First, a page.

I have covered that in the submission guidelines. To keep things simple, I upload each program as a text file. I'd like the purpose of the code well stated in the beginning, input and output format well documented, and the code nicely commented. If the theory behind the program is well established, the submitter need only provide a reference such as textbook or publicly available paper.
Also, without meaning to offend, I think your site could do with some serious UI overhaul.
May I suggest:
• Don't use grid layout/absolute positioning. If you change to flow layout you won't have to worry about screen resolution as much.
• Your main navigation bar across the top of the screen could be downsized a bit. You could use a vertical navigation bar (like an inverted "L"?) or turn your solvengineer graphic into a link to the homepage so as to do away with the "main page" link.
• Put the search box below the main graphic & make it (the search utility) smaller.
• Remove or resize the "Welcome to Solvengineer.com" in pink. It serves little purpose. Besides, without trying to sound chauvinist, I don't think many engineers have pink as one of there favourite colours.
• Take the rss feeds & code search out of scrolling forms & give them their own separate space, even if it means another page. Make the latest news the main focus of the homepage.
• Get rid of the links below the embedded code search from Google - they're redundant and confusing.
• Make the point of the site more concise (i.e. to the point) & make the main feature of your home page the latest news. If need be, you could add another page with a more in-depth explanation of what the aims of the site are.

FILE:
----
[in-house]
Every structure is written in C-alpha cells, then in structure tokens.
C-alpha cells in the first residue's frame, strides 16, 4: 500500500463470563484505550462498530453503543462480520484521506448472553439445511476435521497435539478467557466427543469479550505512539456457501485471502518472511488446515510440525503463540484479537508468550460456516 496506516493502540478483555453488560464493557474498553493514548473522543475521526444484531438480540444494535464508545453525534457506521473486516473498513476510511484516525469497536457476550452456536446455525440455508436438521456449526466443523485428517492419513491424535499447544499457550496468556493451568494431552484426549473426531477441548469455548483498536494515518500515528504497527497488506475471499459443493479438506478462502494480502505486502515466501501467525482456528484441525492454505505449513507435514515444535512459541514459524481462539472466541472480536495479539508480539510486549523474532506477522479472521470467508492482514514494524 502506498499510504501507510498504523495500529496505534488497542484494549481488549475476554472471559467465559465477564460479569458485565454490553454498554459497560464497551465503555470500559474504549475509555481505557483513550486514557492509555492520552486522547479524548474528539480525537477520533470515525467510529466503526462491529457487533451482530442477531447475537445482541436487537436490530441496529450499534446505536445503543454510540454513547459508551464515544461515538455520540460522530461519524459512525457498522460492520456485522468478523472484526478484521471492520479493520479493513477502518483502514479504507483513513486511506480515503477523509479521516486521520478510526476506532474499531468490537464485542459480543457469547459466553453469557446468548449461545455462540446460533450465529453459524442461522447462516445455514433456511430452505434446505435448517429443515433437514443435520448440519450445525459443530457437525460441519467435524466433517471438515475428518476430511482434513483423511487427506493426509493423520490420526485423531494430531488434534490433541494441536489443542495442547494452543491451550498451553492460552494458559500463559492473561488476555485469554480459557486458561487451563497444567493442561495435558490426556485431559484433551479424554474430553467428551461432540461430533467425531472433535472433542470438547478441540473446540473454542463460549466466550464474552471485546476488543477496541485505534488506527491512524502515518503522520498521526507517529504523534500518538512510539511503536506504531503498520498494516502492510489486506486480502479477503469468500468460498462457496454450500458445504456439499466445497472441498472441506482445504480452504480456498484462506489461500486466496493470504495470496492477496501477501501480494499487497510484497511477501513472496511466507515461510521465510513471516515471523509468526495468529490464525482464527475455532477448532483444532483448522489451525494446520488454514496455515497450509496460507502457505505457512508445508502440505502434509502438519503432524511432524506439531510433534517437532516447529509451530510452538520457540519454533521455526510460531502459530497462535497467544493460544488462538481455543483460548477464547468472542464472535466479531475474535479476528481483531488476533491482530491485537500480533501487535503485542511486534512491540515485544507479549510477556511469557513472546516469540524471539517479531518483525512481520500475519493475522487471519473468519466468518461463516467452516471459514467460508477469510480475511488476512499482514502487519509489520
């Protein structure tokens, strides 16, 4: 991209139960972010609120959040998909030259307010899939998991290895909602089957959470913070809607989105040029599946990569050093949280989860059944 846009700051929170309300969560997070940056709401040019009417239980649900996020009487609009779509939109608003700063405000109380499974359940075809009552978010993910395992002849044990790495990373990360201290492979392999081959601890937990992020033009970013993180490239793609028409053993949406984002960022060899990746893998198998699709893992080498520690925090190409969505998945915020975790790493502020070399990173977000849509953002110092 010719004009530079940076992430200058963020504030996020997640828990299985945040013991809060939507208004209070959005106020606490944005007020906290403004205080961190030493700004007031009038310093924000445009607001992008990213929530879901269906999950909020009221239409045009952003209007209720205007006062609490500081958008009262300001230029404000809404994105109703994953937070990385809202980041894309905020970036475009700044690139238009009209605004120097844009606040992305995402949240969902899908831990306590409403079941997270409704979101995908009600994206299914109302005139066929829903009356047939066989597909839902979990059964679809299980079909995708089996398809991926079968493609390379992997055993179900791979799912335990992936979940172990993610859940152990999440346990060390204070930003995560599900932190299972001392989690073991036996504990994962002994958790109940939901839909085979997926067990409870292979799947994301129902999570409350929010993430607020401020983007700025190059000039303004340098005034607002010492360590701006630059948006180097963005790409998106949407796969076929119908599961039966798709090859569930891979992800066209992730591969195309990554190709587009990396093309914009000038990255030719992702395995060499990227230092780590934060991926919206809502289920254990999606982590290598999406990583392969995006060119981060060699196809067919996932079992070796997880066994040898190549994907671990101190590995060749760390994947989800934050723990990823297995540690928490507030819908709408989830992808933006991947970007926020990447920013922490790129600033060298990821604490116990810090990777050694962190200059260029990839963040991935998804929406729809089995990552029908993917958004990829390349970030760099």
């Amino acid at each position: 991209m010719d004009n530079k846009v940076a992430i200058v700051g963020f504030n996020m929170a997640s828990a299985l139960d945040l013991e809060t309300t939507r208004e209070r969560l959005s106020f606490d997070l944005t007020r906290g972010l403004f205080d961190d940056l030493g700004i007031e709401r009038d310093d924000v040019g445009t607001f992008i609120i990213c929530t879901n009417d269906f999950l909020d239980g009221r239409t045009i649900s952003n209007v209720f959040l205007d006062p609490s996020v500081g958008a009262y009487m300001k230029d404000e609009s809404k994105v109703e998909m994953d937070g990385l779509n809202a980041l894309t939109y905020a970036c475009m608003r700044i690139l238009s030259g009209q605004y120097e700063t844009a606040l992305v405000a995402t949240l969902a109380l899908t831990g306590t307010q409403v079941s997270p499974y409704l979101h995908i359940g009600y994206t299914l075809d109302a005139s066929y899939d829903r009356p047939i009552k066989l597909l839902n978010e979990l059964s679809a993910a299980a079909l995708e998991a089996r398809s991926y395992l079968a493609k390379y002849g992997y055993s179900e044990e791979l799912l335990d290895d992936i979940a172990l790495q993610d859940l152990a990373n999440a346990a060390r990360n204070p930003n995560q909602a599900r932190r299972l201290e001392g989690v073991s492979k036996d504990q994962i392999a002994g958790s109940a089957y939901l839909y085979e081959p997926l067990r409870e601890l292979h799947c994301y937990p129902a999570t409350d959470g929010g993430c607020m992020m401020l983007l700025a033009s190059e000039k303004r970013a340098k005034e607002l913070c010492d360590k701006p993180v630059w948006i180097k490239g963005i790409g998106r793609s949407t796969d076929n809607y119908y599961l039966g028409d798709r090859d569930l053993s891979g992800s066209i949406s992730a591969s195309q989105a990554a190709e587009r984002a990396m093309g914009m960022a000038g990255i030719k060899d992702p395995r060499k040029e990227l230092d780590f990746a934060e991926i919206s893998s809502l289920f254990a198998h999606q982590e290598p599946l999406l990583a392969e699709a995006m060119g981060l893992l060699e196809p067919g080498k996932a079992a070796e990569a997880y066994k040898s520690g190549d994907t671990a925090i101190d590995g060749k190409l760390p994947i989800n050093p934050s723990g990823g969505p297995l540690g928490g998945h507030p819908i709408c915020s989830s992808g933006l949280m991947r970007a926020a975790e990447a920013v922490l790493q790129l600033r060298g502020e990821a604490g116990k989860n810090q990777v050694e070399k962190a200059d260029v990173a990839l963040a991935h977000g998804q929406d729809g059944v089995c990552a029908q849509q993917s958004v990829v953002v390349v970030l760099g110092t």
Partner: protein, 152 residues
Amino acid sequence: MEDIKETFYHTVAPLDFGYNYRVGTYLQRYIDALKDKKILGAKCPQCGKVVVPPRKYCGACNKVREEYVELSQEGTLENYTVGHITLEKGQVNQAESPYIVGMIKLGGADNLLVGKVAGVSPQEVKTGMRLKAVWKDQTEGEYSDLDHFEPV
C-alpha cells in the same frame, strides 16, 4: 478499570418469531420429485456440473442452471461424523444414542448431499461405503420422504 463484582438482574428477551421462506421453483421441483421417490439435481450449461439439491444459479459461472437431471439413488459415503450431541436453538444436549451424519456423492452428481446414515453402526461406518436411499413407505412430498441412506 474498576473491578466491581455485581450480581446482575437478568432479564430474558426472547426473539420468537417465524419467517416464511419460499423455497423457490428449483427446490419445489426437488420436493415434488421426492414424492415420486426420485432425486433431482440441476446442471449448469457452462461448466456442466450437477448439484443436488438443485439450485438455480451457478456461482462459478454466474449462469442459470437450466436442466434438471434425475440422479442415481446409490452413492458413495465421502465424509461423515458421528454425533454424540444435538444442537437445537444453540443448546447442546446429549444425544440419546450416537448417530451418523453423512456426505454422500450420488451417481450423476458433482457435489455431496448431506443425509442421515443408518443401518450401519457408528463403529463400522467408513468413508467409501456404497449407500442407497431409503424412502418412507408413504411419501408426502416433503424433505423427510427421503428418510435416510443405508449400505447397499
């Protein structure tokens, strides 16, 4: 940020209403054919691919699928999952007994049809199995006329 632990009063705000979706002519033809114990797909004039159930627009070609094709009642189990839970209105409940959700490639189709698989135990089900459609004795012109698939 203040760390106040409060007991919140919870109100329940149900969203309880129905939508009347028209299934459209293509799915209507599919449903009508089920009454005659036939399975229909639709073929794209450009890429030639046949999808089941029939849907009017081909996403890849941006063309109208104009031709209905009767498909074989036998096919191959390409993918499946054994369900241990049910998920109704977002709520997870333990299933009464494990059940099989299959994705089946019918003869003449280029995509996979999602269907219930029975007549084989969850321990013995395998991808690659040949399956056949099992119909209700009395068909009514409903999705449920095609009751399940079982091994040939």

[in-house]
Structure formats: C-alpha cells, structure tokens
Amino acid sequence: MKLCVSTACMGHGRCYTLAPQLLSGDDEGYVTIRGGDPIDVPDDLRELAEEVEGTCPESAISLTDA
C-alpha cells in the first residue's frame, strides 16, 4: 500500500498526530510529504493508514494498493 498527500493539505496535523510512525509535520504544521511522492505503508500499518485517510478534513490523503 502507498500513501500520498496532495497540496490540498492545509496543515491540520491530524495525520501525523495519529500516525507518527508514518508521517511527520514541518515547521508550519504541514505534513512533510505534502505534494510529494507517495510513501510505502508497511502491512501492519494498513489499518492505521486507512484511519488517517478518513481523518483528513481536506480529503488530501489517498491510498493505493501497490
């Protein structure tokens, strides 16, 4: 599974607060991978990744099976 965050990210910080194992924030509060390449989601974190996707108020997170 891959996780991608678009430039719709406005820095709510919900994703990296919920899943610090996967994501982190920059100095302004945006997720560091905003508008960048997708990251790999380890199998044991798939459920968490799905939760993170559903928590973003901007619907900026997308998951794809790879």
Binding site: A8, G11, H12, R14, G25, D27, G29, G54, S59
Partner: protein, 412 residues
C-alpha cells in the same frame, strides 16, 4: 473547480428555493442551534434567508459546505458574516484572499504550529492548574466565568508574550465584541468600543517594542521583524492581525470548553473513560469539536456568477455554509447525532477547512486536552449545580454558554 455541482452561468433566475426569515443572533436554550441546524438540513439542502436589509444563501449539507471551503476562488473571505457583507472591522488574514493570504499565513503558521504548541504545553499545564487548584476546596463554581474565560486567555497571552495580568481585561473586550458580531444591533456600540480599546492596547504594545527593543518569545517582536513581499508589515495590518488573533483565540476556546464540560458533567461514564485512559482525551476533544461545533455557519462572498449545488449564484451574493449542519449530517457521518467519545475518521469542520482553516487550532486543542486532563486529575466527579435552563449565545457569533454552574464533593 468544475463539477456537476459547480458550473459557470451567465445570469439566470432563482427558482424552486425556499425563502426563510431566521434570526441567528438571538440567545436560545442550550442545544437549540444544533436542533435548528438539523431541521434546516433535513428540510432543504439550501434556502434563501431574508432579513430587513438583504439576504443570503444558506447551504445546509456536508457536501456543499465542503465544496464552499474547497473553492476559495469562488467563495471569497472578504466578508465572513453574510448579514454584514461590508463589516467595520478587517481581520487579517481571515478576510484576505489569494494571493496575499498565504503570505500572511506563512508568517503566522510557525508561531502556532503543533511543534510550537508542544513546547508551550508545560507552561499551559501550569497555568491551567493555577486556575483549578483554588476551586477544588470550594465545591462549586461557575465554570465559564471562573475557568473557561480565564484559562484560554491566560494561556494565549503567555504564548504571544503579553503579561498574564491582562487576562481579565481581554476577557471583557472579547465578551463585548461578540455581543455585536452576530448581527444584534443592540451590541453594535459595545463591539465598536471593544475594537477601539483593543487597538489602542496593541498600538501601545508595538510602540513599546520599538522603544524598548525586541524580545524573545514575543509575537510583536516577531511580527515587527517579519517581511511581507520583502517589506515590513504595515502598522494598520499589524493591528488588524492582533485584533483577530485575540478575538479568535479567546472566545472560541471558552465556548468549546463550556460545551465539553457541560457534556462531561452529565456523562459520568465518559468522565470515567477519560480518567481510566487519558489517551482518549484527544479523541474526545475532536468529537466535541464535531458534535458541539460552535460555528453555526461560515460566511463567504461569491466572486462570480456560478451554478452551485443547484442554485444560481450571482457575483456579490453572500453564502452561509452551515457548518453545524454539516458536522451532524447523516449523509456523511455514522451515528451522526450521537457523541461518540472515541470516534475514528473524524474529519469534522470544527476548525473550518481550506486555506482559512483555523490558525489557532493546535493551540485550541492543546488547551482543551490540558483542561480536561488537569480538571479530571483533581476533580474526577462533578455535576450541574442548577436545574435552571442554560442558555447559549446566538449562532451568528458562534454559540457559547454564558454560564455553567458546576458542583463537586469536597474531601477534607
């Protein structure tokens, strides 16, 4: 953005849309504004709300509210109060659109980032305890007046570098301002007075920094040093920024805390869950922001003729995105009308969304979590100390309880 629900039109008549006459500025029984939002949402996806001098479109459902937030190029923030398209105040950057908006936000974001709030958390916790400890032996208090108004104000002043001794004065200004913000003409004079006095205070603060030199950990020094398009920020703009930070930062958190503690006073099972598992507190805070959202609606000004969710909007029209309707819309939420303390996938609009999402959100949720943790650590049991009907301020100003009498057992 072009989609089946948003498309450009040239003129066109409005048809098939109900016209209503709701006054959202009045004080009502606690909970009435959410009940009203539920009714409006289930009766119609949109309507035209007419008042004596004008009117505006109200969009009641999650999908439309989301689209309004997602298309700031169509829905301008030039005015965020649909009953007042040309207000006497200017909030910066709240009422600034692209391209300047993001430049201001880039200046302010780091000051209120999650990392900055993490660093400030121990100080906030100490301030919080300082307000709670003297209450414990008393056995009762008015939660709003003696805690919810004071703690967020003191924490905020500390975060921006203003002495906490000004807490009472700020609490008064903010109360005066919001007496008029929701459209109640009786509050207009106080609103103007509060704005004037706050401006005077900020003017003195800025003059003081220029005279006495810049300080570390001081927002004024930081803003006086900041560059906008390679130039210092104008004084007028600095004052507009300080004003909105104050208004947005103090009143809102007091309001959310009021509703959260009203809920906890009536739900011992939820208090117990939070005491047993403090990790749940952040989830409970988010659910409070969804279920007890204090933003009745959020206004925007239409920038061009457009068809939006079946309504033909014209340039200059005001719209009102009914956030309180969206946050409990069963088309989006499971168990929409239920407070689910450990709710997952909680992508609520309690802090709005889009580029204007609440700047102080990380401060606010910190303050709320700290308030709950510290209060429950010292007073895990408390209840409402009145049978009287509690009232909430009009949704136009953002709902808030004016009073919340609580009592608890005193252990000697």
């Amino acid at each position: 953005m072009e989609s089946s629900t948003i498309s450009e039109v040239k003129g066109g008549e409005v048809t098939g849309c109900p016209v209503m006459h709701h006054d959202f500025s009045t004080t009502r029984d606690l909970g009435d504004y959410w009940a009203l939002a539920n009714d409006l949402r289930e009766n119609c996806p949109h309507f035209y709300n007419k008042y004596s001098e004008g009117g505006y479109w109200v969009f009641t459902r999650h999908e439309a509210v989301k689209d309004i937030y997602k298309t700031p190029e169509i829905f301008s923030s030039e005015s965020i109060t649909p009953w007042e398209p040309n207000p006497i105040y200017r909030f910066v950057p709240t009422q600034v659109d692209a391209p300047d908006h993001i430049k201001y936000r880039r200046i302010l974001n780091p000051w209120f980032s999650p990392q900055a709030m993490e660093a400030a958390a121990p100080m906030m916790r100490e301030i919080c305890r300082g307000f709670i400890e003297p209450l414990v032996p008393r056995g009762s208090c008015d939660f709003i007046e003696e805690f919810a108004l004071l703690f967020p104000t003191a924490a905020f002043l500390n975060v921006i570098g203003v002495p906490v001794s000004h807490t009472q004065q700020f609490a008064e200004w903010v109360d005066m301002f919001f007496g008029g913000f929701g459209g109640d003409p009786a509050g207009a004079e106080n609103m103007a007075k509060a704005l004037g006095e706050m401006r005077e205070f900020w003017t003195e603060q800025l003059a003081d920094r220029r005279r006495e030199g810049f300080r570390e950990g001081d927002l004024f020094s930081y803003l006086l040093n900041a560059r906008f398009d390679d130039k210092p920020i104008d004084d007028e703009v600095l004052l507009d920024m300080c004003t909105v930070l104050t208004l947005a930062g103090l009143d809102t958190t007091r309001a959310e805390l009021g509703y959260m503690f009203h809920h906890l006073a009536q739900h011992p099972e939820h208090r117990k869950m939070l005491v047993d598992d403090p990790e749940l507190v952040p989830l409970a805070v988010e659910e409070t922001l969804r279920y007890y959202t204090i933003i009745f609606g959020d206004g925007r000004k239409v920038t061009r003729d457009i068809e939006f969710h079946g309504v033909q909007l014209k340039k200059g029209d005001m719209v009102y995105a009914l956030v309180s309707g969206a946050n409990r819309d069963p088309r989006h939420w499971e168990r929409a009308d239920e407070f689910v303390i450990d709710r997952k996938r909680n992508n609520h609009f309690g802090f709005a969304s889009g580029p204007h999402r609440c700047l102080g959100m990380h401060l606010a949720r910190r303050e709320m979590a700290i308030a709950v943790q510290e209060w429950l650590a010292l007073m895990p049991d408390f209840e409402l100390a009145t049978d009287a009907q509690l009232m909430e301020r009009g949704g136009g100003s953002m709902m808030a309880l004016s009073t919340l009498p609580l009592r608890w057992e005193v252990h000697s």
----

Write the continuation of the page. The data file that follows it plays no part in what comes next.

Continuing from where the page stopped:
• Move the advertising to the bottom of the page - keeping it near the top gives the impression of a "cheap" site. Try to make the ads less "google like" (if possible, I've never worked with advertising through Google).
Once again, this is not intended to offend but to encourage. I didn't want to criticize your site without giving you some useful tips for you to consider. I like the concept of your site & I think with a good UI & some smart management you could turn it into a useful resource.
I've written an article on low-level keyboard hooks in C# based on an application to prevent babies and other animals from causing too much damage when they hammer the keyboard. The article is quite in-depth and I'd like someone to have a look at it to check that it all makes sense! Any volunteers?
If you are using PC-Lint 7.50 or 8.00 with Visual Studio 6.0 under Windows 2000 or later and are in the position to help us to verify the performance of Visual Lint on that platform, we'd like to hear from you.
Anyone who participates will have access to this version of the product well before it becomes available on the open market, and will also of course have the opportunity to suggest changes and enhancements as the product develops. There is no-cost or sales committment required; all we ask is that a non-disclosure agreement be signed between the tester and ourselves since our testers have access to internal product information.